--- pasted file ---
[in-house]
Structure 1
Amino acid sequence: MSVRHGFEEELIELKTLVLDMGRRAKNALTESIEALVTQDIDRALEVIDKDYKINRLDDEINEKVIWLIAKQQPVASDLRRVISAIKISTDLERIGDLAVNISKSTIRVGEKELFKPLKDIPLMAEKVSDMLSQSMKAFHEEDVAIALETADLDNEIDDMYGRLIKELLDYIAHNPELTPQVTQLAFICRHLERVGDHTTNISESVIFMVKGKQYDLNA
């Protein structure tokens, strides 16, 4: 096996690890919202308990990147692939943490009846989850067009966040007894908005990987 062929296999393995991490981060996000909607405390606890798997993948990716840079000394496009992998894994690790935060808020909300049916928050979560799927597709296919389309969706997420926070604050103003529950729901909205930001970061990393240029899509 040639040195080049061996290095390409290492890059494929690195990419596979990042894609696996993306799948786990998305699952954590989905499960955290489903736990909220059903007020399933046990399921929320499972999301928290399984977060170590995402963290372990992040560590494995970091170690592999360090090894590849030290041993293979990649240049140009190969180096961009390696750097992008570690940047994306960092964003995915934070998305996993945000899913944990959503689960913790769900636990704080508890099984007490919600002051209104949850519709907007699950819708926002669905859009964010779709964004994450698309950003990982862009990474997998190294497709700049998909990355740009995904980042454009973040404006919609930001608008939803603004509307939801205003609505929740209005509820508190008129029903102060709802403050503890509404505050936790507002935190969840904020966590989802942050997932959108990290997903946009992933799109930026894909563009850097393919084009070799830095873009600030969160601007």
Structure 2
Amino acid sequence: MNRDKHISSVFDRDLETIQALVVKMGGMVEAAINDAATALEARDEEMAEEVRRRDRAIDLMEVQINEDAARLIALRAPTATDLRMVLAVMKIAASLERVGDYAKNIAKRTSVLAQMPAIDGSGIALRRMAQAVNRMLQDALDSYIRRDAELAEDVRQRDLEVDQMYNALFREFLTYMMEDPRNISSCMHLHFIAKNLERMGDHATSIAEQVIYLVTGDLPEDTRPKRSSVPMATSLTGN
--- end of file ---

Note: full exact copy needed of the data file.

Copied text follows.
[in-house]
Structure 1
Amino acid sequence: MSVRHGFEEELIELKTLVLDMGRRAKNALTESIEALVTQDIDRALEVIDKDYKINRLDDEINEKVIWLIAKQQPVASDLRRVISAIKISTDLERIGDLAVNISKSTIRVGEKELFKPLKDIPLMAEKVSDMLSQSMKAFHEEDVAIALETADLDNEIDDMYGRLIKELLDYIAHNPELTPQVTQLAFICRHLERVGDHTTNISESVIFMVKGKQYDLNA
């Protein structure tokens, strides 16, 4: 096996690890919202308990990147692939943490009846989850067009966040007894908005990987 062929296999393995991490981060996000909607405390606890798997993948990716840079000394496009992998894994690790935060808020909300049916928050979560799927597709296919389309969706997420926070604050103003529950729901909205930001970061990393240029899509 040639040195080049061996290095390409290492890059494929690195990419596979990042894609696996993306799948786990998305699952954590989905499960955290489903736990909220059903007020399933046990399921929320499972999301928290399984977060170590995402963290372990992040560590494995970091170690592999360090090894590849030290041993293979990649240049140009190969180096961009390696750097992008570690940047994306960092964003995915934070998305996993945000899913944990959503689960913790769900636990704080508890099984007490919600002051209104949850519709907007699950819708926002669905859009964010779709964004994450698309950003990982862009990474997998190294497709700049998909990355740009995904980042454009973040404006919609930001608008939803603004509307939801205003609505929740209005509820508190008129029903102060709802403050503890509404505050936790507002935190969840904020966590989802942050997932959108990290997903946009992933799109930026894909563009850097393919084009070799830095873009600030969160601007």
Structure 2
Amino acid sequence: MNRDKHISSVFDRDLETIQALVVKMGGMVEAAINDAATALEARDEEMAEEVRRRDRAIDLMEVQINEDAARLIALRAPTATDLRMVLAVMKIAASLERVGDYAKNIAKRTSVLAQMPAIDGSGIALRRMAQAVNRMLQDALDSYIRRDAELAEDVRQRDLEVDQMYNALFREFLTYMMEDPRNISSCMHLHFIAKNLERMGDHATSIAEQVIYLVTGDLPEDTRPKRSSVPMATSLTGN